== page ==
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Maryland weather: This Baltimore winter has been warm — but is it the warmest ever?

Emma Childs, an artist from Federal Hill, takes advantage of unusually warm weather to take her 6-month-old piglet, Plum, to Federal Hill Park to bask in the sunshine. Plum stays indoors on a heating pad at home and can’t go outside unless it is 70 degrees or warmer. Since piglets are at risk of pneumonia, Childs explained, “winter is not her season.”

If Thursday’s high temperature of 79 degrees wasn’t enough of a clue, this winter in Baltimore has been historically warm.

The high temperature recorded at BWI Marshall Airport broke a record dating back to 1874 by 1 degree, according to the National Weather Service.

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Plenty of people across Baltimore were relishing in the February sunshine. Even before the end of the workday, a queue had formed at the BMore Licks ice cream shop beside Patterson Park, where joggers and dog walkers sported short sleeves.

As of Wednesday, the average temperature measured at BWI this winter is the fifth warmest since the National Weather Service started tabulating it in the late 1800s, at 41.7 degrees.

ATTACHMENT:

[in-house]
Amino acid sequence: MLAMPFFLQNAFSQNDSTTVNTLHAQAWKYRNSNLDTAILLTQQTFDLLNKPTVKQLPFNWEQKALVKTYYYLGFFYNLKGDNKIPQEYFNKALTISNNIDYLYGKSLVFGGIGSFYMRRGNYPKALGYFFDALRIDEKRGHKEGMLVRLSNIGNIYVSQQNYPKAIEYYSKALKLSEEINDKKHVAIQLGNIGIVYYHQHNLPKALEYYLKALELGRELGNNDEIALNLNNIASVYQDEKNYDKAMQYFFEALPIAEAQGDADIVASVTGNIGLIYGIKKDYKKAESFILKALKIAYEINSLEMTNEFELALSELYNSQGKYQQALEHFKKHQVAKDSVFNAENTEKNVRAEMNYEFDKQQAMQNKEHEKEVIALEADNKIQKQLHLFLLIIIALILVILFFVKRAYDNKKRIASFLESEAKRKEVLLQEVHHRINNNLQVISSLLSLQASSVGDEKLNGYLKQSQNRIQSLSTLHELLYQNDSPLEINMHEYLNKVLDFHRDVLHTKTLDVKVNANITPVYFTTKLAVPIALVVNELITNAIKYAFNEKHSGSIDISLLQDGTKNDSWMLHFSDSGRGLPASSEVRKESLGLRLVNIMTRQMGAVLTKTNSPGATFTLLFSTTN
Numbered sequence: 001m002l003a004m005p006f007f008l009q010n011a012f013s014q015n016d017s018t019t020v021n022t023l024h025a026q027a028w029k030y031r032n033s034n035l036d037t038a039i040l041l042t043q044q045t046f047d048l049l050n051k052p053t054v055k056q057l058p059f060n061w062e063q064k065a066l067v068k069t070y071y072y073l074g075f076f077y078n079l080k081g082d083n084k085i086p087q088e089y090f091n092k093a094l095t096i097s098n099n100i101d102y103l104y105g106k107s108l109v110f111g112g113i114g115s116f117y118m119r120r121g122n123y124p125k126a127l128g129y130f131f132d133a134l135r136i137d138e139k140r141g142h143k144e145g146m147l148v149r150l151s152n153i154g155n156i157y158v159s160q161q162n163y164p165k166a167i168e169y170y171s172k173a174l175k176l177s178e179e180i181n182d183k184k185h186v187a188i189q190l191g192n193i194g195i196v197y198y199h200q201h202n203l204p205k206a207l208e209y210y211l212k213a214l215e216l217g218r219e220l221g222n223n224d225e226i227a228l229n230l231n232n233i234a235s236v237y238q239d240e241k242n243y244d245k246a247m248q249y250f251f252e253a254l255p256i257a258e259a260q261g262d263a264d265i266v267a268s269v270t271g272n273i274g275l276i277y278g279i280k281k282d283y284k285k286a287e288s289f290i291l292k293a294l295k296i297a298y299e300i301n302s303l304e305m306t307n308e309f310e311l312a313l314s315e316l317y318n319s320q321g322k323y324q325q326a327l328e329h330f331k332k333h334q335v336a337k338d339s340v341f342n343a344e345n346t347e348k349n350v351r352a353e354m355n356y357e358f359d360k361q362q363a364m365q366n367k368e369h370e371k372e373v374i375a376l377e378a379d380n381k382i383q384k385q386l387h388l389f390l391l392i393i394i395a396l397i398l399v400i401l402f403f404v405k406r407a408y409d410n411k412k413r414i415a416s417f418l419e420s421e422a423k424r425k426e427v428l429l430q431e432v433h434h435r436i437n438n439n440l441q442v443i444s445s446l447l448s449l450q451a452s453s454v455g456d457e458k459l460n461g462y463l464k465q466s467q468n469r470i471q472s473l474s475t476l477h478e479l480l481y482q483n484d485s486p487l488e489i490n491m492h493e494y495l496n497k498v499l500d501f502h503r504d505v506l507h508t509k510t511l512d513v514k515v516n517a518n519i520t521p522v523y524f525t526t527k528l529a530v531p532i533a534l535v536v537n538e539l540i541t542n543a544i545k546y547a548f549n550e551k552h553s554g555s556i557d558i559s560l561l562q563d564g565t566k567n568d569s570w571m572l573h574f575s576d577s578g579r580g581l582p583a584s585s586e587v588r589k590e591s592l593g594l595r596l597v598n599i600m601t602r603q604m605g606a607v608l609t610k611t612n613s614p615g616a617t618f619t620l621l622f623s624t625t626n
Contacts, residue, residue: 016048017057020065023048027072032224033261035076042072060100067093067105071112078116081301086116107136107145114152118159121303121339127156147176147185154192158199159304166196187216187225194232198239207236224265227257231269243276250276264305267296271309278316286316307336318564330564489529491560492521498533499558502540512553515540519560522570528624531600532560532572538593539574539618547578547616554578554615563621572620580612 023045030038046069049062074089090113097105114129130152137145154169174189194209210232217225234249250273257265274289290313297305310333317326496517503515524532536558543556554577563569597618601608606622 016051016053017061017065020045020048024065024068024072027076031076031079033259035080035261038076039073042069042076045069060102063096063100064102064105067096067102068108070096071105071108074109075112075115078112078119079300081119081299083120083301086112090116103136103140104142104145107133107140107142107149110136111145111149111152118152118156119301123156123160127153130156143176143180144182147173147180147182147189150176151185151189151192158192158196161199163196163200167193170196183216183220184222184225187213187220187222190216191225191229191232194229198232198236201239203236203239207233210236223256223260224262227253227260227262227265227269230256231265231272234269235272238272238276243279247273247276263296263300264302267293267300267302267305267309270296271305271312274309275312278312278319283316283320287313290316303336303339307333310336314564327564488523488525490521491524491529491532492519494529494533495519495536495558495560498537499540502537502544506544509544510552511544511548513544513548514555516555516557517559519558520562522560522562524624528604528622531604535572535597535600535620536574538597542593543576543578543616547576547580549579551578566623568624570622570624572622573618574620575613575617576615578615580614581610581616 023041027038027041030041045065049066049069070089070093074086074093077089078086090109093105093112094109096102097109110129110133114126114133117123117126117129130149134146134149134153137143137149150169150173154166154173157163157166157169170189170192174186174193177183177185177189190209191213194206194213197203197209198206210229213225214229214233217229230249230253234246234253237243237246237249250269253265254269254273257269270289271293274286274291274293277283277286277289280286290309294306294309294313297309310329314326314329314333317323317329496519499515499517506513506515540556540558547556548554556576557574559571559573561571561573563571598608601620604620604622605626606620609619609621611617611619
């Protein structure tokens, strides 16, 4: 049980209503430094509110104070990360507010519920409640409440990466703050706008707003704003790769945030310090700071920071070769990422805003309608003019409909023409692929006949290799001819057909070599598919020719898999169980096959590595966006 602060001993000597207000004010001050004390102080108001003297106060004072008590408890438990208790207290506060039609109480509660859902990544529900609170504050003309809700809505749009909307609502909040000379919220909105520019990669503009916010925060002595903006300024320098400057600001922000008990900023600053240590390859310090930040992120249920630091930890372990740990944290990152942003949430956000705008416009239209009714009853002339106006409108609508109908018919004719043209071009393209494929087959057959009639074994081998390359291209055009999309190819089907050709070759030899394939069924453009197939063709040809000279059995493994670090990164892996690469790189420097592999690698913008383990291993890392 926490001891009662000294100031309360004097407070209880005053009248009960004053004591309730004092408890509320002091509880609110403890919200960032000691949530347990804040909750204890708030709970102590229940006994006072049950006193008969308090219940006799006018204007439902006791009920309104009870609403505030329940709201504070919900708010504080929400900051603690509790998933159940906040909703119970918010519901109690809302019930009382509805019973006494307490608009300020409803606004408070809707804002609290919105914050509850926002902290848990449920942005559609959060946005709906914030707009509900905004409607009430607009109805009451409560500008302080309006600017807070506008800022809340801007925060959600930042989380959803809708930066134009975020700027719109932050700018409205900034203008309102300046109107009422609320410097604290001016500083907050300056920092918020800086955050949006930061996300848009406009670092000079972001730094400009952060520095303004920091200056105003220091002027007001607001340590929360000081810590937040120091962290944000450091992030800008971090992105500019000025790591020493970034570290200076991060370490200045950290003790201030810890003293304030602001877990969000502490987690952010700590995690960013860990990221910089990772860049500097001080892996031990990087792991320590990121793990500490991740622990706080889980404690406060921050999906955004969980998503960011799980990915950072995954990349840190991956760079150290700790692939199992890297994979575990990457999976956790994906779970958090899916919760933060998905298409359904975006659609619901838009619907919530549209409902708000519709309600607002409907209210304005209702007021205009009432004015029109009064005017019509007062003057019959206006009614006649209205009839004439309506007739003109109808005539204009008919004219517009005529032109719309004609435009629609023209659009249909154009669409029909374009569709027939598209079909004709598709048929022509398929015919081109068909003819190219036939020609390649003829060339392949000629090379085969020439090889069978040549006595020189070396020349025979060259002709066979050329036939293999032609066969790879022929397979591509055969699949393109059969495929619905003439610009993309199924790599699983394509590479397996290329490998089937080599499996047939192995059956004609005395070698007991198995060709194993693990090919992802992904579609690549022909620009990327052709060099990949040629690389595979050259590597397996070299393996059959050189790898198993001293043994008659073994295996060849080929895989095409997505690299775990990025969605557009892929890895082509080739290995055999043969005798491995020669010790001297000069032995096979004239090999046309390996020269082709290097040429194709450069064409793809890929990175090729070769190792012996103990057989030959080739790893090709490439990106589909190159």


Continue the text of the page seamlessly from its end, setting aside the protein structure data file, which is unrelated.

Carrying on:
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The average daily high temperature, though, has been the third highest on record, at about 51 degrees, according to the Weather Service.

With just 0.2 inches of snow counted at the airport so far, this winter also features the smallest amount of snow ever recorded during a winter in the Baltimore area. Plus, it took far longer than usual for Baltimore to get its first snow this year. The dusting Feb. 1 was the third-latest first snow event in the metro area’s history.

Technically, meteorological winter ends March 1, and there’s still time for the winter record books to change. There’s a 20% chance of snowfall Saturday, after a cold front moves into the area Thursday night. But the snow could mix with rain, and only a small amount of accumulation is expected, thanks in part to warm ground temperatures.

The warmest Baltimore winter recorded by the National Weather Service was from 1931 into 1932, with an average temperature of 45.3 degrees. But the winters starting in December 2011, 2016 and 2019 cracked the top 10.

Elisabeth Mueller, a student at St. John’s College, catches some rays on the State House lawn in Annapolis on Thursday.

Climate scientists say it’s an indication that climate change could be beginning to influence winters in Baltimore.

“It’s questionable whether we’re going to have four seasons for very long,” said Jen Brady, senior data analyst at Climate Central, a nonprofit climate change research organization. “Winter in particular is just getting eaten.”

For states up and down the East Coast, this winter was warmer than usual, Brady said, and the trend extended into the Midwest, too.

“Despite the crazy storm that went past yesterday, Detroit is still looking at a top five warmest winter,” Brady said.

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This winter did feature some freezing cold stretches in Baltimore, including right around Christmas Eve, when the low temperature was 6 degrees and the high was 20 degrees.